January 30, 2023

Every Monday I pick the celestial highlights of the northern hemisphere (northern mid-latitudes) for the next week, but check it out

Check out my main feed For more in-depth articles on stargazing, astronomy, eclipses, and more.

What to see in the night sky this week: August 8-14, 2022

This week is usually about getting to a place as dark as possible to enjoy the hottest meteor showers of the year. However, the moon has other ideas in 2022. A full ‘sturgeon moon’ will rise almost exactly as well as a Perseid meteor shower, meaning that 100 stars will likely also be nearly invisible to most stargazers.

However, this does not mean that you should not try to see some of the brightest meteors after watching the “sturgeon moon” appear on the eastern horizon at dusk. As a way of apologizing, the solar system hands us Saturn as the biggest, brightest, and best planet as the ringed planet collides later this week.

Friday, August 12, 2022: the full ‘sturgeon moon’

Today, our satellite turns full, giving the opportunity to see a beautiful orange moon rising above the eastern horizon near sunset. The August full moon bears the traditional name “sturgeon moon” in North America because it is the time of year when fish are caught in the Great Lakes region.

However, this is a very narrow geographically speaking name for a global event and I see no reason for most of North America, let alone the rest of the world, to call it that. Other, much better names for the August full moon are “Barley Moon,” “Fruit Moon,” “Grain Moon,” “Corn Moon,” and “Lightning Moon.”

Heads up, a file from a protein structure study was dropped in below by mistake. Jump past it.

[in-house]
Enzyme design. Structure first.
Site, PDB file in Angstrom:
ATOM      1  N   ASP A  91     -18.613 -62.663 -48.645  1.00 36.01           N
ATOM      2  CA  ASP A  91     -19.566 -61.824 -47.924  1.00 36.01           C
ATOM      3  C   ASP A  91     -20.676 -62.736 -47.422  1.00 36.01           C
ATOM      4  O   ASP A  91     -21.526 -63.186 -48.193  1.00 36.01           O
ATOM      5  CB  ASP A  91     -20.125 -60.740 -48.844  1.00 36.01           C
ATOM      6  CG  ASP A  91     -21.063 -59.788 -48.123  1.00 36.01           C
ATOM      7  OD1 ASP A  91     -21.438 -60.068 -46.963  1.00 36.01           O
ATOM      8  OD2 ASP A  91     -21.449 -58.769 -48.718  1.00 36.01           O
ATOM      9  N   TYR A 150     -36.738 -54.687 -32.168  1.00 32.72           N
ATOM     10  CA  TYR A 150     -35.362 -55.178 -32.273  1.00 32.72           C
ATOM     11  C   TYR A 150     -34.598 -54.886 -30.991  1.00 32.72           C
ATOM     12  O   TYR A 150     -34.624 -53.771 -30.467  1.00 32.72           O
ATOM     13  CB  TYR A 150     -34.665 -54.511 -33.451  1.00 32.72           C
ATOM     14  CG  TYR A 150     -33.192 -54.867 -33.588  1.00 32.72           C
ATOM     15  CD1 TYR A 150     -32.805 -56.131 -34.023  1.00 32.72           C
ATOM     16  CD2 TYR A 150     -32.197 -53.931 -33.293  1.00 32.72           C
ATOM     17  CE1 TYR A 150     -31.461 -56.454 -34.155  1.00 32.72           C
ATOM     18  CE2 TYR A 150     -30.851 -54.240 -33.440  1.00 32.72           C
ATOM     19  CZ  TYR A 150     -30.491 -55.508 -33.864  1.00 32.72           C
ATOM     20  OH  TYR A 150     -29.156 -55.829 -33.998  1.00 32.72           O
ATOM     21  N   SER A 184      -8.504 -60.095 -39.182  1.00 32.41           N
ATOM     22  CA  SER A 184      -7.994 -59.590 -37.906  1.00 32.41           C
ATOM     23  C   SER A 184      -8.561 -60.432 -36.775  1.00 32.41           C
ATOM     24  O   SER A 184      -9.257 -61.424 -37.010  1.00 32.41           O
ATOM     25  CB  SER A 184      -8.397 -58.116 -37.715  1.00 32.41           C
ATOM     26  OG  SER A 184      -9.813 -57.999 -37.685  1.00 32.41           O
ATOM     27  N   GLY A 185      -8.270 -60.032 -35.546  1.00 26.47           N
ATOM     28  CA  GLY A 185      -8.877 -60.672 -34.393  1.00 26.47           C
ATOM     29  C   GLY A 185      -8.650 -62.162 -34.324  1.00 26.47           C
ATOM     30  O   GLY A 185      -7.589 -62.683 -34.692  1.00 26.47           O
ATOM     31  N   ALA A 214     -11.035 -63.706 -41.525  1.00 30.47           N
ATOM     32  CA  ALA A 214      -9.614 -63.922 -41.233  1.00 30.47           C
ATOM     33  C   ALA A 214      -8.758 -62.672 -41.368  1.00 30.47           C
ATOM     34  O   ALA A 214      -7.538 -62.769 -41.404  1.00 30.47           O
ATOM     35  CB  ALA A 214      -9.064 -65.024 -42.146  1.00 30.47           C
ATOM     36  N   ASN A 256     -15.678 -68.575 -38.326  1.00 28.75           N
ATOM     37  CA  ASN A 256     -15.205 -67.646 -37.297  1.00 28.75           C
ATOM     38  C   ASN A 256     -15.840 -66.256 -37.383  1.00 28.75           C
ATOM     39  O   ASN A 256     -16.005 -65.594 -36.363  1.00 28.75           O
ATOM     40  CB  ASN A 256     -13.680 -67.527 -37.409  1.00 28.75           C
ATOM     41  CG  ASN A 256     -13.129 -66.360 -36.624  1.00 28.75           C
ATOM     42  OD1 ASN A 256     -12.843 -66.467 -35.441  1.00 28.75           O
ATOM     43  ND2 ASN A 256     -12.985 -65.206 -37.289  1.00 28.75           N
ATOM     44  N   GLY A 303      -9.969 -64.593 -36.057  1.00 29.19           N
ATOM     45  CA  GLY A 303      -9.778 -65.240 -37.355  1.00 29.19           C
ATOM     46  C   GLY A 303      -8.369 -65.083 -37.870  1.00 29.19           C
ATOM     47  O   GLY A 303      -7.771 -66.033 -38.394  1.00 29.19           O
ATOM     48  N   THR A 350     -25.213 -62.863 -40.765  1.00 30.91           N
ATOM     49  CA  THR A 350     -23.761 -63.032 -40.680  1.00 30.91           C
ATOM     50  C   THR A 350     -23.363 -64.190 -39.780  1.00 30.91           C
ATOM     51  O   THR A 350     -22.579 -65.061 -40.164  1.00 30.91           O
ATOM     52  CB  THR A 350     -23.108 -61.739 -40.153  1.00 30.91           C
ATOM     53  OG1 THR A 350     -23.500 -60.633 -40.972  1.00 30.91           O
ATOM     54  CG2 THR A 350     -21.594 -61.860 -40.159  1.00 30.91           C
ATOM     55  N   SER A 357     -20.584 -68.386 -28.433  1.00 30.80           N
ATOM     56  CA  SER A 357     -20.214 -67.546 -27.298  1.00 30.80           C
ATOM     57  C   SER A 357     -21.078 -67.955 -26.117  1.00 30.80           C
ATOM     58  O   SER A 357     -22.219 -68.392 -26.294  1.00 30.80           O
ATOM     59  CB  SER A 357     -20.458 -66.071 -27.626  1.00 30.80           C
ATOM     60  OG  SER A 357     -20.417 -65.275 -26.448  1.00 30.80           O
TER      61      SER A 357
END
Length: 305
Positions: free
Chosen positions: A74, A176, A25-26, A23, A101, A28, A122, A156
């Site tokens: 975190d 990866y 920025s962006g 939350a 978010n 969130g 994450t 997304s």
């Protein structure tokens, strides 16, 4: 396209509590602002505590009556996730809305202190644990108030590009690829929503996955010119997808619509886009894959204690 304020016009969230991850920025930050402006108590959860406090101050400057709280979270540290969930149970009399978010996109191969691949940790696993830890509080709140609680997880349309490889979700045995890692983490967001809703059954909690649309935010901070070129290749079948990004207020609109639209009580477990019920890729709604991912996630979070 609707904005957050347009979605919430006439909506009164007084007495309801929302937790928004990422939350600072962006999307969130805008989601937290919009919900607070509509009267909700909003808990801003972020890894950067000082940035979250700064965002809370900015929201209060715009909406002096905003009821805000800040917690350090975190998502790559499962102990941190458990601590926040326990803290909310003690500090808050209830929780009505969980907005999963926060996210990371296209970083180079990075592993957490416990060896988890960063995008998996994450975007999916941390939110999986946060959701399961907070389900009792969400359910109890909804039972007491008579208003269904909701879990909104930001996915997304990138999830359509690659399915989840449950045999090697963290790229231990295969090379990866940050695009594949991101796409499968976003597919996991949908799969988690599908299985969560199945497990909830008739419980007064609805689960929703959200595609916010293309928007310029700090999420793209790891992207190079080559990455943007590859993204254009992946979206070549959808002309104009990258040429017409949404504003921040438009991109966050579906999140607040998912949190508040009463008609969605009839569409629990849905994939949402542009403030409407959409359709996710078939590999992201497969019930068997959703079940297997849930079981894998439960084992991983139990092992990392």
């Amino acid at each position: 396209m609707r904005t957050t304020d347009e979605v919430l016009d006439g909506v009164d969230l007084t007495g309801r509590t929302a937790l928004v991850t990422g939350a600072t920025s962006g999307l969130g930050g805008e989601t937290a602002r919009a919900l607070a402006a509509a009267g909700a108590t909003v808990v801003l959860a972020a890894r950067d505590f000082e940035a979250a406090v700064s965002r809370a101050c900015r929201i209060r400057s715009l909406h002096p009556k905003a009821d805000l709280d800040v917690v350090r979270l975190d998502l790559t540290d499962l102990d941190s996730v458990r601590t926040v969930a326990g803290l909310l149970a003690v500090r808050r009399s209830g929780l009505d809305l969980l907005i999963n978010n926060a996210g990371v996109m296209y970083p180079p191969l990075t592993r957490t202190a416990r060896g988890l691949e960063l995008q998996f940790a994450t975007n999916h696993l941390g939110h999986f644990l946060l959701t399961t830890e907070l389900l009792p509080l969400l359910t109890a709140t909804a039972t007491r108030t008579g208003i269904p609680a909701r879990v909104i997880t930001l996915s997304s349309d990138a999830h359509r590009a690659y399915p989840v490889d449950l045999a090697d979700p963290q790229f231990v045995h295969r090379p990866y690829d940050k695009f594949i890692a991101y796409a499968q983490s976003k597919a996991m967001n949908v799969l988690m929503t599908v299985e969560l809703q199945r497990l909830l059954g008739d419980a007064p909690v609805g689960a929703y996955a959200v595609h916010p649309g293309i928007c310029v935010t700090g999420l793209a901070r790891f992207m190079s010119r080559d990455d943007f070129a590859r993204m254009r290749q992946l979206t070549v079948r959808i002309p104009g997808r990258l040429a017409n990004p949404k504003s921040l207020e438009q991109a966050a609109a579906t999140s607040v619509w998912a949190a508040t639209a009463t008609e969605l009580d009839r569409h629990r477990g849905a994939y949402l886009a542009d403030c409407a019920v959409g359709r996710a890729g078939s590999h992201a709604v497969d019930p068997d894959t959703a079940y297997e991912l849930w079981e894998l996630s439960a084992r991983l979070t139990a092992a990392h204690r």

Saturday August 13, 2022: Perseid meteor shower

Typically a highlight of the annual star-watching calendar, strong moonlight will destroy this year’s Perseid meteor showers, as seeing 100 or so “falling stars” per hour is likely to be very difficult thanks to the just coming full moon – though From seeing the stars just before midnight until the early hours of tomorrow morning, you might see some particularly powerful guns. The Perseid meteor shower is caused by dust and debris left in the inner Solar System by Comet 109P/Swift-Tuttle.

Sunday August 14, 2022: Moon, Neptune and Saturn in opposition

Tonight the waning, lovable Moon will rise 98% later in the night near Neptune. However, you will have a job finding the eighth planet without a pair of binoculars. Meanwhile, if you look up at the eastern sky before the moon rises, you’ll see Saturn shining relatively brightly. In fact, the ringed planet is tonight at its best and biggest of the year. This is because our planet is located between Earth and Saturn, an annual occasion that astronomers call opposition. Saturn will rise in the east at dusk and occur in the west.

Goal of the week: Saturn in opposition

The opposition of Saturn occurs when the Earth passes between it and the Sun on its own, and moves faster around the Sun. As a result of that geometry, Saturn’s entire disk will be illuminated, as seen from Earth. So Saturn will be looking at its biggest, brightest, and best picture for the whole of 2022. And Saturn’s position will change throughout the night; It will move higher in the sky, although from the middle latitudes of the northern hemisphere it never rises, and will remain relatively low in the southern night sky.

You will need any small telescope to see its rings. This year Saturn’s northern hemisphere is tilted toward Earth in 2022, so you’ll get a relatively closed view of its rings. However, seeing Saturn’s rings through a telescope is still perhaps the most impressive sight for anyone who has begun observing the stars, discovering planets, and astronomy. They shine especially the few days around the opponent, so it is well worth the effort.

I wish you a clear sky and wide eyes.

Source link

Leave a Reply

Your email address will not be published. Required fields are marked *